CD Review: Alexa Woodward – Weary
I first heard Alexa Woodward in 2009 with her impressive album, Speck. The New York City-based Woodward makes spare, rustic music that feels drawn from her Southern roots (she grew up in Virginia and South Carolina).
Her latest offering It’s A Good Life, Honey If You Don’t Grow Weary (available online in February) is a joy to listen to. She does a terrific job of gently fleshing out her sound while retaining its delicate Americana feel. Woodward plays banjo and ukulele; however, her songs make use of vibephones, cello, washboard, percussions and even some electric instruments. An electric guitar, for instance, howls in the background of “Wolves” to compliment its title and its eerie tale.
Her music nicely balances old-timey and contemporary elements. Her songs, which are frequently relationship-based, mix images of the past and the present “All That Sugar” holds the line “and I bet you don’t have good sex/when your blood’s all full of gold,“ while in “Elephant,” she tells an ex-lover that “I hope Nina treats you right/that Copenhagen’s kind /that you sleep sound every night” among fanciful imagery of traveling over mountains and water.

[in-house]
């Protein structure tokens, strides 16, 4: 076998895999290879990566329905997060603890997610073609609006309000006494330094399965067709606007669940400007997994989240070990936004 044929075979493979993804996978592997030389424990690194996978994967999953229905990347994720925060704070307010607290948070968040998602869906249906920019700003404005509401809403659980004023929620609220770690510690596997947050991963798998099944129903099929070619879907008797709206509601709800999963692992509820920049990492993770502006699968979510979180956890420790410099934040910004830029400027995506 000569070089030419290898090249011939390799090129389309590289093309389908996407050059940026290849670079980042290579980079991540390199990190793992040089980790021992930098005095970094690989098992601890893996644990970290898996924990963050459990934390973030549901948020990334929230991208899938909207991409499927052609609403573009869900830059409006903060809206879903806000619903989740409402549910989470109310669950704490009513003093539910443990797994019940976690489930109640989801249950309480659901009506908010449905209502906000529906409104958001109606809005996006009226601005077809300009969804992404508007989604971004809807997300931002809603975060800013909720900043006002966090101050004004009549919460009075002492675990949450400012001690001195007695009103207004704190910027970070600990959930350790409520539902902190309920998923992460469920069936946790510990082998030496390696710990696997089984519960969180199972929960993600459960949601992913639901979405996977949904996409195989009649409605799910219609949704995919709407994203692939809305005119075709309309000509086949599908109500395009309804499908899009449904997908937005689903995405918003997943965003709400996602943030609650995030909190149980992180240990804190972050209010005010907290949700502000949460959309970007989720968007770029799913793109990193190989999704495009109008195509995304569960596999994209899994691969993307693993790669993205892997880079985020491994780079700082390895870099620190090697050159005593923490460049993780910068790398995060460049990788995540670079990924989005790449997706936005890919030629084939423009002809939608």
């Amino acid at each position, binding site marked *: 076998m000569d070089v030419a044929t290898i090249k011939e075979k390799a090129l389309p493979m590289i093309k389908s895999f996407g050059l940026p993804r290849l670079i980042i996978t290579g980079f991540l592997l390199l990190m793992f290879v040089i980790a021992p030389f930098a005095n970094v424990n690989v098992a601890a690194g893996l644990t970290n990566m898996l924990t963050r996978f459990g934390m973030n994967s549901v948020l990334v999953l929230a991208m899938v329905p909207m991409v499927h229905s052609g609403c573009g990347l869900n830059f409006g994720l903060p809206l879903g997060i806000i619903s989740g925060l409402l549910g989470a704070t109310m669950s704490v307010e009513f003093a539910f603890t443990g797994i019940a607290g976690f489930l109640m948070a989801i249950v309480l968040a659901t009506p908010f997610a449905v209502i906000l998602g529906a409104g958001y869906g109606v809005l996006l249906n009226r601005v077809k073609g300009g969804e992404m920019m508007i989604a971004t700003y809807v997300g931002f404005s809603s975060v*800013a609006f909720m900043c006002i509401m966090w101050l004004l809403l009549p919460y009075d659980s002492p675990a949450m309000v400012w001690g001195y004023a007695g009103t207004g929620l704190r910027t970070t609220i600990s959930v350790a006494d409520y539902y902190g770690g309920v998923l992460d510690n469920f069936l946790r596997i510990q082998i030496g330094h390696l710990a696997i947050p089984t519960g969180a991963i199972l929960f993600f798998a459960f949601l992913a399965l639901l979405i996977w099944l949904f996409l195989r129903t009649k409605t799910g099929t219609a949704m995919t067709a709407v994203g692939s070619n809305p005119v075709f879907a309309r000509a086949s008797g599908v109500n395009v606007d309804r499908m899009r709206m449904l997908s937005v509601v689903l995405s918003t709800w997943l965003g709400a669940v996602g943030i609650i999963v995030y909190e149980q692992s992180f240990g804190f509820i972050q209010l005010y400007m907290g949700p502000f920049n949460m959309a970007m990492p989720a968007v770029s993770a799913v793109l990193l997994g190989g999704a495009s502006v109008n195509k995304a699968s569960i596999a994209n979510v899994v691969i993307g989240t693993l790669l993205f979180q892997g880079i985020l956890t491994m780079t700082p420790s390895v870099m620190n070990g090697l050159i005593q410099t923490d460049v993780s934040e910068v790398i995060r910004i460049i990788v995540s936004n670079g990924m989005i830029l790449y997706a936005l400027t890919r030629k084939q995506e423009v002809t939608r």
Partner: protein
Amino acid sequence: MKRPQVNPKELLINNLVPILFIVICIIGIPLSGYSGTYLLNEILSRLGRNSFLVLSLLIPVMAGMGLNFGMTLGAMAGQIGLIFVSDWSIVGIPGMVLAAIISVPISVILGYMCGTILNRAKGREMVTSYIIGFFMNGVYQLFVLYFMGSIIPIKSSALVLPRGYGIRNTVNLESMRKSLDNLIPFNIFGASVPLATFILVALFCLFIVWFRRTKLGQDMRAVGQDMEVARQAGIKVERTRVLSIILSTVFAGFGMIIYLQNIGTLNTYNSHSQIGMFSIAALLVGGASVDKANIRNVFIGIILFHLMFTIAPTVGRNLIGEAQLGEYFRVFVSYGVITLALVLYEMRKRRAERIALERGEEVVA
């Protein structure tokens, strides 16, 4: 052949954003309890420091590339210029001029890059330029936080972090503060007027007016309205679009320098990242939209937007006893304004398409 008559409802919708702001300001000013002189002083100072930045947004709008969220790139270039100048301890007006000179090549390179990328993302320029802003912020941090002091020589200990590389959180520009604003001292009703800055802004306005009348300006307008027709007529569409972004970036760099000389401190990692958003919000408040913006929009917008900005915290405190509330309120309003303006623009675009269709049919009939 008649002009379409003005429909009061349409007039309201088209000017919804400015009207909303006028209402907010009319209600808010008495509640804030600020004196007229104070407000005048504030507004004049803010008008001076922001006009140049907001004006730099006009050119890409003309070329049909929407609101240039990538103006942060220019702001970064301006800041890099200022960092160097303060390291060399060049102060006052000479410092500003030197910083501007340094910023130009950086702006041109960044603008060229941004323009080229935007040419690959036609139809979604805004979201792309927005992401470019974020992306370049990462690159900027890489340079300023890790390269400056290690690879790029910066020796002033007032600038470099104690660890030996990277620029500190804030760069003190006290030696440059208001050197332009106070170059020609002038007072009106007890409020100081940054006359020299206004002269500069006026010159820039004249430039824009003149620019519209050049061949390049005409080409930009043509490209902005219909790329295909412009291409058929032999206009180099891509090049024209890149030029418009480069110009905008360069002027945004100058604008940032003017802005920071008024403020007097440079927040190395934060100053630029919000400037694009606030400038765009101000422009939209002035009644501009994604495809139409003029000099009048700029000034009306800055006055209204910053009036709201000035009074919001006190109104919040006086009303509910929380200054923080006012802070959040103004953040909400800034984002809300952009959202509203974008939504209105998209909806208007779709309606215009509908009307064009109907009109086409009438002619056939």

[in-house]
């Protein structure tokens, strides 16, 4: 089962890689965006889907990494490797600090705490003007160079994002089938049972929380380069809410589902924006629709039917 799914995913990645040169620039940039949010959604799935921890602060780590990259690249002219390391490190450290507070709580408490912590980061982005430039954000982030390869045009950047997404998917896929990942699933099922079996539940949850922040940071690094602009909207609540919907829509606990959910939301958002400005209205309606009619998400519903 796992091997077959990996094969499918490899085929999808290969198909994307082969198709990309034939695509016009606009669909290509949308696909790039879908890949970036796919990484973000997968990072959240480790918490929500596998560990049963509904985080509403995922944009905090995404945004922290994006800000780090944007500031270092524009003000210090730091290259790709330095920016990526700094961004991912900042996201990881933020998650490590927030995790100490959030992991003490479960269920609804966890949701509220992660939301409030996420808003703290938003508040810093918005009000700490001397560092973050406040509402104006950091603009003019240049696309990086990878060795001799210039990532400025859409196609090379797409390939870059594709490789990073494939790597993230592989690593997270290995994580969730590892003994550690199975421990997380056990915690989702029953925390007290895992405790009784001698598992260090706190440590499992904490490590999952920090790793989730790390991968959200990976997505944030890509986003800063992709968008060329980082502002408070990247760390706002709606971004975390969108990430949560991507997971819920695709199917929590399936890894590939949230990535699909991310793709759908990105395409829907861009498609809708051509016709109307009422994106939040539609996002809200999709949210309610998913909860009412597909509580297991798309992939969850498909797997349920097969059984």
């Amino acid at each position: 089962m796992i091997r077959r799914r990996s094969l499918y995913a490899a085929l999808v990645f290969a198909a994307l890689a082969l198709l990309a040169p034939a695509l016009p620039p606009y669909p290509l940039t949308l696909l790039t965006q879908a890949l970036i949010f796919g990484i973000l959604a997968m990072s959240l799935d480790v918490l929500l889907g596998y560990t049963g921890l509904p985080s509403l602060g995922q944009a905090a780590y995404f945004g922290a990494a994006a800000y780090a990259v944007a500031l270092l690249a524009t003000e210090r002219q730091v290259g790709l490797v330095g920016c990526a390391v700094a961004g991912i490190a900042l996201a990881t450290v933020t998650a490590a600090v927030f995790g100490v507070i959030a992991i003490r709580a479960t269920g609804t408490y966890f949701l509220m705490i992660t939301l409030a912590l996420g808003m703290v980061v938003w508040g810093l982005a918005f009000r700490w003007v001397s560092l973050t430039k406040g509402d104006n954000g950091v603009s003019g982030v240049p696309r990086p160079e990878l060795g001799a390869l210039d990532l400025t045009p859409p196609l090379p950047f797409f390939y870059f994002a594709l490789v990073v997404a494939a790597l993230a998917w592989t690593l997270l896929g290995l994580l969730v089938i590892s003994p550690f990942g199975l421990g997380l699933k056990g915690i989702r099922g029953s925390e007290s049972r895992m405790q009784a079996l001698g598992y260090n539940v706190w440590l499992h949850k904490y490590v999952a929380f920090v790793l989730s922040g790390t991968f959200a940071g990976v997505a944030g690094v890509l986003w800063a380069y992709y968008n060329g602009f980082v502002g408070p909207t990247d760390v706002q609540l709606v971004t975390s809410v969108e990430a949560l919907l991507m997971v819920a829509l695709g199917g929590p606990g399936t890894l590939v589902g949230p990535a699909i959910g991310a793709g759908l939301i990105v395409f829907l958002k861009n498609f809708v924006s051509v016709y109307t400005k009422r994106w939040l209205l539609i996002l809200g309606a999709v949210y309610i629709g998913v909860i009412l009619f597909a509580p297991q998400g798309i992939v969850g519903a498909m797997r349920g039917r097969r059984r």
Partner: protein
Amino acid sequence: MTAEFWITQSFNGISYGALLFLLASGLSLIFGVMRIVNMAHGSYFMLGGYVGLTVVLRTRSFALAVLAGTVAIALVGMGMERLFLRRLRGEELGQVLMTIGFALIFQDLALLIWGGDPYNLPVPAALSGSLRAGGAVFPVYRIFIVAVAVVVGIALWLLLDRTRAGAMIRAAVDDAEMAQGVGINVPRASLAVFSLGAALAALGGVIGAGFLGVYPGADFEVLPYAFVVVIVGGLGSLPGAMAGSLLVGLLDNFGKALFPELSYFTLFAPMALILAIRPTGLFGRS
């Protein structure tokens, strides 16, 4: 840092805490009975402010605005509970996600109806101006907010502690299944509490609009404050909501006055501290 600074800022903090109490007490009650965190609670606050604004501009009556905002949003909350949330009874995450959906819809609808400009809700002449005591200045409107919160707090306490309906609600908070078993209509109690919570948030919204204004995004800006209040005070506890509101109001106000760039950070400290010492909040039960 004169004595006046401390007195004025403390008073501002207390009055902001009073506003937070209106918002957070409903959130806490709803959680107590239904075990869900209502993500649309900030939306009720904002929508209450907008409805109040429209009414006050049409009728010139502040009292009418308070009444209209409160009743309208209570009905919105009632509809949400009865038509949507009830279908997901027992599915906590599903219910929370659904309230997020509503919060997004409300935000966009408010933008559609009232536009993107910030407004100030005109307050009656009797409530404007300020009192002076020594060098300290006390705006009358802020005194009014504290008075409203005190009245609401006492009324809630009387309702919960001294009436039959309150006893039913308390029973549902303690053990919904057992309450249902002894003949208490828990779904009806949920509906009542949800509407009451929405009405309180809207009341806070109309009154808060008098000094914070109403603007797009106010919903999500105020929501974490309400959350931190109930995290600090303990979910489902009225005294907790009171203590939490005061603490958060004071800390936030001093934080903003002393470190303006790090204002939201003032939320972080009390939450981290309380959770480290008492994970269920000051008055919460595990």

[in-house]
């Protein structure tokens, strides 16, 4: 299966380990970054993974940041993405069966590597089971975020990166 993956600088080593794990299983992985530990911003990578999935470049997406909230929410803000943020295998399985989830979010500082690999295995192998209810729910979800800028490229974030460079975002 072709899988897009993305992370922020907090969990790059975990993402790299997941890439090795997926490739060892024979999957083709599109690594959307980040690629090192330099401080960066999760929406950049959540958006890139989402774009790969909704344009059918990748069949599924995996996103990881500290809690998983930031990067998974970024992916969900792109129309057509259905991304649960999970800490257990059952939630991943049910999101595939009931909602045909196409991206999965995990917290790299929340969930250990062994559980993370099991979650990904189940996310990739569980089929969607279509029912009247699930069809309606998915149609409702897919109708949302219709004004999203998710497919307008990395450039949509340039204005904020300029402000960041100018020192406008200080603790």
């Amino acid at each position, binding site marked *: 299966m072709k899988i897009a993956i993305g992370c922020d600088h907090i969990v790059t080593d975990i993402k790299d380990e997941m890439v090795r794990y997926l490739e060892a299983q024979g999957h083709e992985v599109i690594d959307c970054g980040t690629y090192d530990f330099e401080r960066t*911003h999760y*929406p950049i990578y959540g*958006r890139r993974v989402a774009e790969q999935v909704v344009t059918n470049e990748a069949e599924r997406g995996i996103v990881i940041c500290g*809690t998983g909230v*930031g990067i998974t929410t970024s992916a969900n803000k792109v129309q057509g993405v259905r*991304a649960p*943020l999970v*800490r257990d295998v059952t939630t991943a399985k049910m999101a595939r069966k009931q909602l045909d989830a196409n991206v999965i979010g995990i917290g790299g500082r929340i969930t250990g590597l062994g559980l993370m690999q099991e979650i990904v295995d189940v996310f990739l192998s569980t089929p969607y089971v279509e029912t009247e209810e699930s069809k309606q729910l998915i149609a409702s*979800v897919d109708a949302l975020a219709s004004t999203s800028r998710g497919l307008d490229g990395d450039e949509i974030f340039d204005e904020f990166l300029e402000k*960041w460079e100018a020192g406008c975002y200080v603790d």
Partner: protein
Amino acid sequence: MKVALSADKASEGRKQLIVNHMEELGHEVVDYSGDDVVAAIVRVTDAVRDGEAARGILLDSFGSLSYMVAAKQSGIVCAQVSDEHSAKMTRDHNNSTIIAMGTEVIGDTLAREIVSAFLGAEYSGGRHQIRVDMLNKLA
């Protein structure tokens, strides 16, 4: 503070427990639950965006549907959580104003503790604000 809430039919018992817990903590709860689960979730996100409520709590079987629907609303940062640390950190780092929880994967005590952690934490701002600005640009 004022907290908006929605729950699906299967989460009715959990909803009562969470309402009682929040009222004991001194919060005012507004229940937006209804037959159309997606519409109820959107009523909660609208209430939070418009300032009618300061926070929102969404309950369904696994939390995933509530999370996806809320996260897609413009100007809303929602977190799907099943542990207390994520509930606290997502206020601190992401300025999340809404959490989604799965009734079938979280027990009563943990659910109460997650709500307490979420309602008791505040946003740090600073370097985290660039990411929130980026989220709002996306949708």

Throughout the disc, Woodward displays a strong lyrical command. She begins “O Tornado” with “drive across the county line/Salinger and Andrew Wyeth/betwixt, between the time/where the frozen clocks are awful quiet” and doesn’t come across as a freshman lit major. “Pillar of Salt” similarly shows a deft poetic touch as she mixes biblical references and emotional revelations.
When Woodward harmonizes with frequent collaborator Linky Dickson, they suggest a more rural version of the Roches. Abigail Washburn and Gillian Welch also serve as touch points here; however, Woodward forges her own sound – something that’s modern and timeless, lilting and melancholic – during this thoroughly delightful disc. With her exquisitely crafted third effort, Woodward seems on poised for big things.